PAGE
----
Saturday, May 02, 2009


Folks, something's different about this season. So far, it seems they're just living a charmed existence. It's been quite a while since we've had a Mariner team get down early like they did in this game and think they could maybe come back and win it. Maybe that's just me talking, but when Carlos Silva is laying an egg out there and it's 6-1 for Oakland, and then Don Wakamatsu brings in Miguel Batista, I pretty much figure the towel has been thrown. Instead, the team preyed off Dana Eveland's lack of command and got two of the runs back in the bottom half of the same inning where Silva was horrid. That came before the Mariners used twin blasts to take the lead in the fifth and before Matt Holliday vaporized a Sean White pitch to tie the game at 7-7 in the seventh. That set up the finish in the ninth -- including the Mike Sweeney full-count pitch that could have easily been strike three and the epic Jose Lopez at-bat. The magic may wear off at some point, but maybe it won't. This isn't a normal Mariner team. Also consider that earlier in the night, the Angels were in the Bronx and blew a 9-4 lead in the final two innings against the Yankees. The Mariners gained a game up on everyone in the AL West.

In roster news, Kenji Johjima drew back into the Mariner lineup, batting seventh. Though I like the job Rob Johnson has done filling in for Johjima, the odd thing is that the Mariners had a record of 6-7 without Johjima. Poor Jamie Burke was designated for assignment to make room. A slightly older move was the placing of Roy Corcoran on the disabled list. Jason Vargas took his place in the bullpen, meaning the bullpen actually has a lefthander in it. I read a Kirby Arnold piece where apparently Wakamatsu is just going to use Vargas as a long relief guy as opposed to a situational guy. I'm a fan of how Wakamatsu has been managing the bullpen so far though, though maybe it's been out of necessity. Right now it just seems he sends guys out there to get outs, matchups be damned. I like games that are over in 2.5 hours.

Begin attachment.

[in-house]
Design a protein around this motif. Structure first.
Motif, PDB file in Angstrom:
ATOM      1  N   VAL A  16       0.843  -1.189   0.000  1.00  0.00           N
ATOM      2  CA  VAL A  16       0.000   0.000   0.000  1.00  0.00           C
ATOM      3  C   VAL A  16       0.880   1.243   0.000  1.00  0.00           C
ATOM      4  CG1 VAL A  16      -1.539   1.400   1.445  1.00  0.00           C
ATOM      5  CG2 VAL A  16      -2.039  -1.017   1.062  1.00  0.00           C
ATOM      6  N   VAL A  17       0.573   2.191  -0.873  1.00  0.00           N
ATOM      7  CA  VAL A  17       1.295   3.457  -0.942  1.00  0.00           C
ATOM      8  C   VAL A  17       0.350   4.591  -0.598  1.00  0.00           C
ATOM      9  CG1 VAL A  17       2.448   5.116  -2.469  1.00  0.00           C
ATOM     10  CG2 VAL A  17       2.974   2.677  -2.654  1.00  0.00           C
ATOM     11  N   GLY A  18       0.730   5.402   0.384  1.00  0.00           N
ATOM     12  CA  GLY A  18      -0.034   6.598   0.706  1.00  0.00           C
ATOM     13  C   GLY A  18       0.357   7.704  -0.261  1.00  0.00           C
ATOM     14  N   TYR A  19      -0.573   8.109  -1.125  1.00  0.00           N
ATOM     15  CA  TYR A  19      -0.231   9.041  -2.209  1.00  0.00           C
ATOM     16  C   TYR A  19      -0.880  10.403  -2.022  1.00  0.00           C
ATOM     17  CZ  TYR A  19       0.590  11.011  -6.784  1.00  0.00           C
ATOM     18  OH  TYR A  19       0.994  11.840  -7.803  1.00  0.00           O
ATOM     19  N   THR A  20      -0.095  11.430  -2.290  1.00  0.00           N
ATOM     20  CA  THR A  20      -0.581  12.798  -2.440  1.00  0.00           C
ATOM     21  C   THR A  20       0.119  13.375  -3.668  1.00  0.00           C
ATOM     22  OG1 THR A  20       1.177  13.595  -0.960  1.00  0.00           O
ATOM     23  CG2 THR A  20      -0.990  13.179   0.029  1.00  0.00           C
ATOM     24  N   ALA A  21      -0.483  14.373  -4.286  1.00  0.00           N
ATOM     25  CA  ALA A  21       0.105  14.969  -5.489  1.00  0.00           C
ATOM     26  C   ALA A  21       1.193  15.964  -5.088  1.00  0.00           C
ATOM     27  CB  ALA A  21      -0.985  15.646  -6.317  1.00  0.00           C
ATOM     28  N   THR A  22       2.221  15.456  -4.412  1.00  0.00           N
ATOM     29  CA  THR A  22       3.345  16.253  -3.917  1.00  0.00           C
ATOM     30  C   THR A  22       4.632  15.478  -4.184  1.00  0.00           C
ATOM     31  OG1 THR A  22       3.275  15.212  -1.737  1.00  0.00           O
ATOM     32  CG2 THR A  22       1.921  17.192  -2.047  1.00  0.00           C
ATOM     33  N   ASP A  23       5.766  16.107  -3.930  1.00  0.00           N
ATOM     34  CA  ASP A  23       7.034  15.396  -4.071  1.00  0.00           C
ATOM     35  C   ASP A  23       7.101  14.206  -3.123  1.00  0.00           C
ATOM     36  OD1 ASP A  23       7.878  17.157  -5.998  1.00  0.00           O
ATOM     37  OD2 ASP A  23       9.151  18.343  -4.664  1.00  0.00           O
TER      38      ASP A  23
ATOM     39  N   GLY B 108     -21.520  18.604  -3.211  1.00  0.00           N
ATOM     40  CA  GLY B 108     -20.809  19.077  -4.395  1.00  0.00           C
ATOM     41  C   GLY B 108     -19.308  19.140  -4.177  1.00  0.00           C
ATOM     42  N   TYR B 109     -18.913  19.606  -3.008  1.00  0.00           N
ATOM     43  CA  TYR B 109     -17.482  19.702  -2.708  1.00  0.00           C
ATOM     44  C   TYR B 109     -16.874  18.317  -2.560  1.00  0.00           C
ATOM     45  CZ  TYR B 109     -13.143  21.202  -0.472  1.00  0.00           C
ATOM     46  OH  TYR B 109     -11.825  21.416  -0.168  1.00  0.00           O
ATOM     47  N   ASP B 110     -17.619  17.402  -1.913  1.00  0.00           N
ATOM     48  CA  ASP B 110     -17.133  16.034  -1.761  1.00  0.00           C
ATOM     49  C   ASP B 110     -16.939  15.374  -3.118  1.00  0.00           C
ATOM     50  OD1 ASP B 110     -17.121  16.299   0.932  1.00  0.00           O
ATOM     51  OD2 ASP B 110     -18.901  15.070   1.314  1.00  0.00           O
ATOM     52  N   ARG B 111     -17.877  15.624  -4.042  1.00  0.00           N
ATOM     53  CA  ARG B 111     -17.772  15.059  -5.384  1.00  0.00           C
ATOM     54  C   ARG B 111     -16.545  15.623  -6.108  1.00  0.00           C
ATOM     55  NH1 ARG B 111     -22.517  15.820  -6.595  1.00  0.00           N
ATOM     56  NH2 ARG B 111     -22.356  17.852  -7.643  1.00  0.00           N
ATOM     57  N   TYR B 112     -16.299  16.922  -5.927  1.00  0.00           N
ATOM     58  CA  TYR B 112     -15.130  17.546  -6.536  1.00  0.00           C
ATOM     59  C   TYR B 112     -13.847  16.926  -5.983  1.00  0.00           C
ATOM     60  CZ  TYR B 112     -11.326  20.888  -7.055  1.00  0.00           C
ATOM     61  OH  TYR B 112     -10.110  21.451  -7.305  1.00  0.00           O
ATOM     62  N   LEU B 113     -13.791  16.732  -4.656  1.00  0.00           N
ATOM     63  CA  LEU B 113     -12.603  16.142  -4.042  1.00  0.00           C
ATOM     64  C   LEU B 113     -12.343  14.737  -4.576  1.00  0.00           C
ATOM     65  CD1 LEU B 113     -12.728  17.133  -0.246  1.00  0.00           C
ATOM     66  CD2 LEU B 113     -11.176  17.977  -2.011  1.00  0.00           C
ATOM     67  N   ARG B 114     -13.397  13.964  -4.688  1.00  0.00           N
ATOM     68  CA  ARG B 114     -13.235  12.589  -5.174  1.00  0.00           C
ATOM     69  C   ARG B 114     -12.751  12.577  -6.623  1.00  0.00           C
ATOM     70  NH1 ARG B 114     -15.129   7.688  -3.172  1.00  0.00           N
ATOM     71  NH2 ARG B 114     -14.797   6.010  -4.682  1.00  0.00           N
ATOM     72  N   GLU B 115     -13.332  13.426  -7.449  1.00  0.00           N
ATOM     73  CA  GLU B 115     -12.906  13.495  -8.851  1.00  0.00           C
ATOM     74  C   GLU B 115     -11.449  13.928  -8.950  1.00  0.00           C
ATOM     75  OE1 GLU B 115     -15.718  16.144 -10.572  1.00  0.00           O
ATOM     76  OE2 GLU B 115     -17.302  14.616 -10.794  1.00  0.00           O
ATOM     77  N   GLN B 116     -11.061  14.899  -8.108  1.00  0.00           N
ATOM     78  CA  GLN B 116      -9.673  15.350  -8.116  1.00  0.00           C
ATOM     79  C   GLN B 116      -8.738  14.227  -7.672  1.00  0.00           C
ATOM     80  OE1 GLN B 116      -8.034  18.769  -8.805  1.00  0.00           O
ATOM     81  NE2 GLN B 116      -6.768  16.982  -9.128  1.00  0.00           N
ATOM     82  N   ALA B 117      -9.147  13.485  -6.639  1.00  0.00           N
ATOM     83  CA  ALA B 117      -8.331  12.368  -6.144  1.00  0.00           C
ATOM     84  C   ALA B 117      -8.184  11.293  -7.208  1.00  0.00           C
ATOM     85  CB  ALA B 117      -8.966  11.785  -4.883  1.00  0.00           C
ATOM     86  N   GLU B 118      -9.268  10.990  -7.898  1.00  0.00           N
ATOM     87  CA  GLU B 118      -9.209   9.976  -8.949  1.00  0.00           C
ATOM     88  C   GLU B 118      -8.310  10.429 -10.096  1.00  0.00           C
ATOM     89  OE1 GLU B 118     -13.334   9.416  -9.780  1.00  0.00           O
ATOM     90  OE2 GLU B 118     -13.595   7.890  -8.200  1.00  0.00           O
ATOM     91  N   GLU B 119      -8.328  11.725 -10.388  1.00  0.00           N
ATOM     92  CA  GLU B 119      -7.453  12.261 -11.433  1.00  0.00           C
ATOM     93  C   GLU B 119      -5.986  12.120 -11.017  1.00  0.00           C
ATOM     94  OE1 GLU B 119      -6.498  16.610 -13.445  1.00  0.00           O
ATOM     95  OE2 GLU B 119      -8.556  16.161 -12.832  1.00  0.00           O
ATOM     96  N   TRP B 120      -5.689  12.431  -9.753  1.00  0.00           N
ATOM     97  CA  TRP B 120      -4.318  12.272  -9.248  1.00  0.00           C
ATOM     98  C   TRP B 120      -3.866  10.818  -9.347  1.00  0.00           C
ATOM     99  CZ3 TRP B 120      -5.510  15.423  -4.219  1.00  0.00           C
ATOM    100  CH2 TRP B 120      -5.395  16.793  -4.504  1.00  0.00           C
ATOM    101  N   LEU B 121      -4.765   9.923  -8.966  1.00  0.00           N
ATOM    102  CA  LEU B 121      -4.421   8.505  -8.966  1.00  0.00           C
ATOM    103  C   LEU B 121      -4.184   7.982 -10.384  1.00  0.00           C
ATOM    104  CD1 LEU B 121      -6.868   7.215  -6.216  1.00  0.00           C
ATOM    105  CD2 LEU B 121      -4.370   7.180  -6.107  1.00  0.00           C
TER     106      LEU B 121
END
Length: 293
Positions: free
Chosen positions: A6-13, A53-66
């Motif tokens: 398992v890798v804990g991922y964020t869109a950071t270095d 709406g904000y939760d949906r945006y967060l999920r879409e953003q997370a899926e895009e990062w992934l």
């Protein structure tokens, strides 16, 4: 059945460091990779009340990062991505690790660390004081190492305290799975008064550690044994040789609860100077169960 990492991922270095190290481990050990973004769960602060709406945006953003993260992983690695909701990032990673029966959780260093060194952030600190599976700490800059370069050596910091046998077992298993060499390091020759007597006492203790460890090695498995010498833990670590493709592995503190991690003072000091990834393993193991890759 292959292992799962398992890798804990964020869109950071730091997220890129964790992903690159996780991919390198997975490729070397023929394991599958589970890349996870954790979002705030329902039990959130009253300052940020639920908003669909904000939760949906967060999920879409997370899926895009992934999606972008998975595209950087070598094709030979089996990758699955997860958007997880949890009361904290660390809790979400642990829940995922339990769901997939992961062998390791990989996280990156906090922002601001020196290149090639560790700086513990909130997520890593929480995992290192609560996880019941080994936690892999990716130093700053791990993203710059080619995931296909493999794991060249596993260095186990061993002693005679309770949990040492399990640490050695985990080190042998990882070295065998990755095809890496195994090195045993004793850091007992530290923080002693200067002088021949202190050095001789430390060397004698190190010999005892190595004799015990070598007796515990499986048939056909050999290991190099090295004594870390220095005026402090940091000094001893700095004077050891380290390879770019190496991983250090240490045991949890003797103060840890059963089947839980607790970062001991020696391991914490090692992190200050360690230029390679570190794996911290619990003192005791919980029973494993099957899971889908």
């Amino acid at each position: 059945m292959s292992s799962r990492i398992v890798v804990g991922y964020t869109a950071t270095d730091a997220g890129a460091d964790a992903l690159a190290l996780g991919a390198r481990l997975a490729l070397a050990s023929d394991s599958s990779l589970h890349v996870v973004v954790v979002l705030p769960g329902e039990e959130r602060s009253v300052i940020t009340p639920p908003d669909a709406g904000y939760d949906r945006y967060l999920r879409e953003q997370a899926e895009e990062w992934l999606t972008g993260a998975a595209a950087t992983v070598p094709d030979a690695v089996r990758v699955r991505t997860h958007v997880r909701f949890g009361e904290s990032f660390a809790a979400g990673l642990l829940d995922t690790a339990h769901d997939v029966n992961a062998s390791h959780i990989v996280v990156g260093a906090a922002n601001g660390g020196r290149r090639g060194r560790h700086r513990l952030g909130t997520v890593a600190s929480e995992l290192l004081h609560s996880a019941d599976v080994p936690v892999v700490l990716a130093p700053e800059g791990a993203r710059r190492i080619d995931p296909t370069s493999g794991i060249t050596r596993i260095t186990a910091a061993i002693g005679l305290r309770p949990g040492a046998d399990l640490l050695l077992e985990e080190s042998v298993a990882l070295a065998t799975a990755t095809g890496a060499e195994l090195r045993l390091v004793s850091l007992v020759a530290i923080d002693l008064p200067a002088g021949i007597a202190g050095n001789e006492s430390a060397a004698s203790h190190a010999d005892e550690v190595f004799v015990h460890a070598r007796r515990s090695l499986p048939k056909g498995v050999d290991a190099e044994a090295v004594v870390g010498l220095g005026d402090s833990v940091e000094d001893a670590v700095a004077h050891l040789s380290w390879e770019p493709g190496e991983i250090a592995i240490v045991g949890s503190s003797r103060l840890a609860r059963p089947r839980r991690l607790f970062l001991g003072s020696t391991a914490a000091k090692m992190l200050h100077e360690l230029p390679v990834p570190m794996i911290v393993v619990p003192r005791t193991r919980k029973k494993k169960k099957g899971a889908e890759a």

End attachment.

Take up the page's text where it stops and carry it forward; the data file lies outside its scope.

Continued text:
As for the pace, 14-9 makes the 2009 Mariners three games better than last year, two better than 2007, five better than 2006, two better than 2005, six better than 2004, and one better than 2000. The 14-9 record is one game off the pace of 2003, three behind 2002, and five behind 2001. In other words, it's the best start by the Mariners since 2003. That team started 42-19. Fun fact: the 2001 team didn't lose three straight games until their 149th game of the season. Also, the longest post-2003 winning streak was an eight-game winning streak in 2007. I guess the fun thing about this season so far is that they've only been under .500 for one day. There's been some scuffling since the 7-2 start, though. They've had five shots at getting to six games over .500, and they've only succeeded in getting there once, and that win made them 12-6. The sixth chance will come tonight.